We need fresh drinking water.   In contrast to my ocean visits, my mother brought me every summer to a spring-fed lake in the wilds of Pennsylvania where her mother had a cottage. This body of water was more like living water, fresh, cold, pure, and such a joy to swim in. I was streamlined and fast, with no resistance.

Our Christian living is designed to be like swimming in water, and filled with refreshing water that is fresh, drinkable – coursing down our throats, brightening our eyes and tingling down our limbs.

The voice that invites us to drink of His love and presence is not one of tyrannical authority. Jesus speaks because he cares for us and knows we are made of water and need it to fulfill our life purpose. The plan is always live near the source of Life, continually drinking, and then becoming life to others.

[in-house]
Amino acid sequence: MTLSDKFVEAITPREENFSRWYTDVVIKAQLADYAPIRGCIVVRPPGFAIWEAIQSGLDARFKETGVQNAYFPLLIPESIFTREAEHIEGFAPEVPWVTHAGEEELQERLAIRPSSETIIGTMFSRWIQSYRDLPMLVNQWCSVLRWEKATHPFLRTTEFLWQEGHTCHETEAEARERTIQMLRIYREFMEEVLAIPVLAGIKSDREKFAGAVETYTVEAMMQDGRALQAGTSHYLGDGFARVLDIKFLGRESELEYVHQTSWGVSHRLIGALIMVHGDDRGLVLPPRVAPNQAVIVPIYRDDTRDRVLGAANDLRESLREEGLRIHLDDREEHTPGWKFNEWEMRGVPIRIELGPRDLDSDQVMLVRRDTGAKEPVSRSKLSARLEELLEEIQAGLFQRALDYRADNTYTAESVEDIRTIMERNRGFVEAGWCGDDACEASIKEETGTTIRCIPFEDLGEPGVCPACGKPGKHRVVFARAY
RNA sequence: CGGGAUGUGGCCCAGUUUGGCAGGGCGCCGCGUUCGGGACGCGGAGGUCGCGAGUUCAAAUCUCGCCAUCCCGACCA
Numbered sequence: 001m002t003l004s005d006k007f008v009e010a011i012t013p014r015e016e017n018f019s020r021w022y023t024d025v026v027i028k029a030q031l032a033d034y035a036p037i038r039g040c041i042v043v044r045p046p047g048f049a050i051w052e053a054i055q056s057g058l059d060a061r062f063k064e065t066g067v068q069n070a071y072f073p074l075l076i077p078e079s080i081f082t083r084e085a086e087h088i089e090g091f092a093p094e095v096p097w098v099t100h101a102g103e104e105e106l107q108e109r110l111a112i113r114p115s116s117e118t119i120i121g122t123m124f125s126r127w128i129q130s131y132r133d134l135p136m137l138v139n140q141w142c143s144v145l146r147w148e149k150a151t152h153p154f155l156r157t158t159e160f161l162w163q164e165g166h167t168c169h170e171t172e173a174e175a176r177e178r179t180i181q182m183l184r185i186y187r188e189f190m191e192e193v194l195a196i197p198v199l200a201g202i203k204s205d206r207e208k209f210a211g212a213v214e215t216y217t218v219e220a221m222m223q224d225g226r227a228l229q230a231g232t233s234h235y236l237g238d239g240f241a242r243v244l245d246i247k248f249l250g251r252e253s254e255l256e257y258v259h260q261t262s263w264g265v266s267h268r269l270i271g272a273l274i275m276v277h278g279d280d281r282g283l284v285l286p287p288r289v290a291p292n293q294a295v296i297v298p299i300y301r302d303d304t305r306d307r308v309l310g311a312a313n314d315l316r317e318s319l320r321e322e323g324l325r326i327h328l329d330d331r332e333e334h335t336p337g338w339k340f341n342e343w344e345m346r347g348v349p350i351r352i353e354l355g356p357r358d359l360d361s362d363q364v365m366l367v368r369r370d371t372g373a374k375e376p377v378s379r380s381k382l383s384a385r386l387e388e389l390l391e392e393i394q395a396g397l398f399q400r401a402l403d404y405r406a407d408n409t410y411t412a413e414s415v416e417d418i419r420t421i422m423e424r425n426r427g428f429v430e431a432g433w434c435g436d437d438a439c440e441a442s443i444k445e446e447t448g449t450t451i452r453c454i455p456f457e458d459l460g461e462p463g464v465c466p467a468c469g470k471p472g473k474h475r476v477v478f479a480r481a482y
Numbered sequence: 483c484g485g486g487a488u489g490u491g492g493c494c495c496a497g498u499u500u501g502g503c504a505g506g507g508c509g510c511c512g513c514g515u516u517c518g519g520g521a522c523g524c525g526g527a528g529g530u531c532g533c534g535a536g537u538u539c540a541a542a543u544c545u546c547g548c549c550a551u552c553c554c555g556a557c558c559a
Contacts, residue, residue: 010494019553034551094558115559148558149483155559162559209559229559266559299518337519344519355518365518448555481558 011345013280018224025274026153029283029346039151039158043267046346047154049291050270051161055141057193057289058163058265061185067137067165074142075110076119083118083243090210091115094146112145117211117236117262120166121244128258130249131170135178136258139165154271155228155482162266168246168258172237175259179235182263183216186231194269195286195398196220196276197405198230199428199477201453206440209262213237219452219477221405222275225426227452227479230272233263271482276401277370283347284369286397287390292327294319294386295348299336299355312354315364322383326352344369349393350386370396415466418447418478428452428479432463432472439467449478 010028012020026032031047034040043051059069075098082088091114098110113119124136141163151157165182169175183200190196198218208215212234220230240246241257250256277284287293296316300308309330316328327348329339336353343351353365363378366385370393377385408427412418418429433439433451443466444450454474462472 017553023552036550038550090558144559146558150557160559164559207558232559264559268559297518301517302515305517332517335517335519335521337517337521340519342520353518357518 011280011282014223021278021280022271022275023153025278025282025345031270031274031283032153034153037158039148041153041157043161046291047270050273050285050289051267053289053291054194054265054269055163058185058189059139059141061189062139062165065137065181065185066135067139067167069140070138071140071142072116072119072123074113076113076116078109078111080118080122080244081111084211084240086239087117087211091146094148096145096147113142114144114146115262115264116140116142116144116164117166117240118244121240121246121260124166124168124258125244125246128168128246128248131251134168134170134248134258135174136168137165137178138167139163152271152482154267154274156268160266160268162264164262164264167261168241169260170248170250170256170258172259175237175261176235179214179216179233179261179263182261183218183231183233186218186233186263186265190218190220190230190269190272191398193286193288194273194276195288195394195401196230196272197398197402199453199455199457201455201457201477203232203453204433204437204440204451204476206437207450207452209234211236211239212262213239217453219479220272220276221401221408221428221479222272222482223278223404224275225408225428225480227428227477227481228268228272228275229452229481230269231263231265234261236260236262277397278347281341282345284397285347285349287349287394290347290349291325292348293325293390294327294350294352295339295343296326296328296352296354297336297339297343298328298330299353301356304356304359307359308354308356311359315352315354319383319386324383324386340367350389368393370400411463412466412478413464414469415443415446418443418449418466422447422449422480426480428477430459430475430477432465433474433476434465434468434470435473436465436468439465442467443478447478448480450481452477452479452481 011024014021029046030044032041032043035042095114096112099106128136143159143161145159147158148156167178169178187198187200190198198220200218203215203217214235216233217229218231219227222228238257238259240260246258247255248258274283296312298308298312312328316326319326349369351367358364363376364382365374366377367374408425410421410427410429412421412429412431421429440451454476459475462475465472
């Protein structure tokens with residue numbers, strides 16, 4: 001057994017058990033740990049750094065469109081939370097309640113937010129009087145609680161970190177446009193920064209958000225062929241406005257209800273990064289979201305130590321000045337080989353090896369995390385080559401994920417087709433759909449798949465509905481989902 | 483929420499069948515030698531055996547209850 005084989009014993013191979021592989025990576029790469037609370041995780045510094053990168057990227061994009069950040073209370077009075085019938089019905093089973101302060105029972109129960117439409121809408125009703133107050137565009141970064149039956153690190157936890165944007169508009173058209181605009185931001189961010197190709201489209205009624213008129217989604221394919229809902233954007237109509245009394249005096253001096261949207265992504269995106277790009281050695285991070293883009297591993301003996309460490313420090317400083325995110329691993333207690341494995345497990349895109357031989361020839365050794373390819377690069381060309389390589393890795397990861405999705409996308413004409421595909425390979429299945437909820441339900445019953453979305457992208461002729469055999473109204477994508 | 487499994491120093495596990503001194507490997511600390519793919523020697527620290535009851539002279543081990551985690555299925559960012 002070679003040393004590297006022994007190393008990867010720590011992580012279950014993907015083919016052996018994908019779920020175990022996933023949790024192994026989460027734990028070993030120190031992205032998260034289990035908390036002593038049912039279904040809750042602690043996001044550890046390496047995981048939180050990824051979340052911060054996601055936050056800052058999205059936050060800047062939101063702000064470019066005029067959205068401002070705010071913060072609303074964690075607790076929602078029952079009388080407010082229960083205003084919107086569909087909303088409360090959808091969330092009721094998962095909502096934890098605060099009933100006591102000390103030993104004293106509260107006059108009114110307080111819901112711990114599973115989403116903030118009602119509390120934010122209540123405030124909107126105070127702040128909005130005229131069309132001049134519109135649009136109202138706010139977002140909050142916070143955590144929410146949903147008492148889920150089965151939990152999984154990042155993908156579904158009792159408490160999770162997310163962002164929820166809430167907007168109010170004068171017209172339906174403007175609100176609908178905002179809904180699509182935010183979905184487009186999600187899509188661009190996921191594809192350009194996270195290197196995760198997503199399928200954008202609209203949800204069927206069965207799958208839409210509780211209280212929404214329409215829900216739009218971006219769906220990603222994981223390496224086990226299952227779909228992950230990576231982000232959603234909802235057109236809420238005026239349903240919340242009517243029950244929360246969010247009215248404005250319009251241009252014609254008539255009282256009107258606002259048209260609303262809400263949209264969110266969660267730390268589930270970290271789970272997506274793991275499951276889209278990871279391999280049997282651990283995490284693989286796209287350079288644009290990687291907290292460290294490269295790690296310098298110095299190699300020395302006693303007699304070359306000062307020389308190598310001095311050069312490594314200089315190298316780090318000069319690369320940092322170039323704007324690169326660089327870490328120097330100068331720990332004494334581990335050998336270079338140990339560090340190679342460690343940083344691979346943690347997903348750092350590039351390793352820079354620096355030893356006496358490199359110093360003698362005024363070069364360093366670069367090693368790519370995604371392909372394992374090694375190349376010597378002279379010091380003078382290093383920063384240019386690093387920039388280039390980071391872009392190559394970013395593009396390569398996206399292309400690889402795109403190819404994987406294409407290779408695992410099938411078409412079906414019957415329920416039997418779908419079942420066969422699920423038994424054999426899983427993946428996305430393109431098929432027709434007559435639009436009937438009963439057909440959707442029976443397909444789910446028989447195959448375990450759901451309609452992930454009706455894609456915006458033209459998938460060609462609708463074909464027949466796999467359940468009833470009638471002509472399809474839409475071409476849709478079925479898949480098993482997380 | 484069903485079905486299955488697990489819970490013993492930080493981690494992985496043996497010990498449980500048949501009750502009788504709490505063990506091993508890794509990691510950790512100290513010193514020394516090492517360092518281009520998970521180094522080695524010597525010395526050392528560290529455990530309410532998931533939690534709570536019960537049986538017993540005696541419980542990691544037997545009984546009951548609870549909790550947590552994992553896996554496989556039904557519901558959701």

Jesus said: “Whoever believes in me, as Scripture has said, rivers of living water will flow from within them.” John 7:38 (NIV)

We are also compared in Scripture to trees and plants whose leaves open and glow and whose flowers open, the buds bursting forth. Our stems stand upright, not bowed down as if with a weight. Jesus repudiated the Pharisees of his day, telling them they were laying heavy burdens on their followers, causing them to walk with difficulty or to give up, saying “this is too hard for me.”

Christian life is not rule following; it is not trying endlessly to be good, and then hiding from others because it is impossible to do.

When I feel thirsty or over-burdened, I know where to go. Jesus is the well that has tapped into purified ground water that is good for washing our minds, cleansing our sins, and strengthening us for service that is the opposite of heavy and full of self effort.

“For the Lamb at the center of the throne will be their shepherd; he will lead them to springs of living water. And God will wipe away every tear from their eyes.” Revelation7: 17 (NIV)

Give me lots to drink!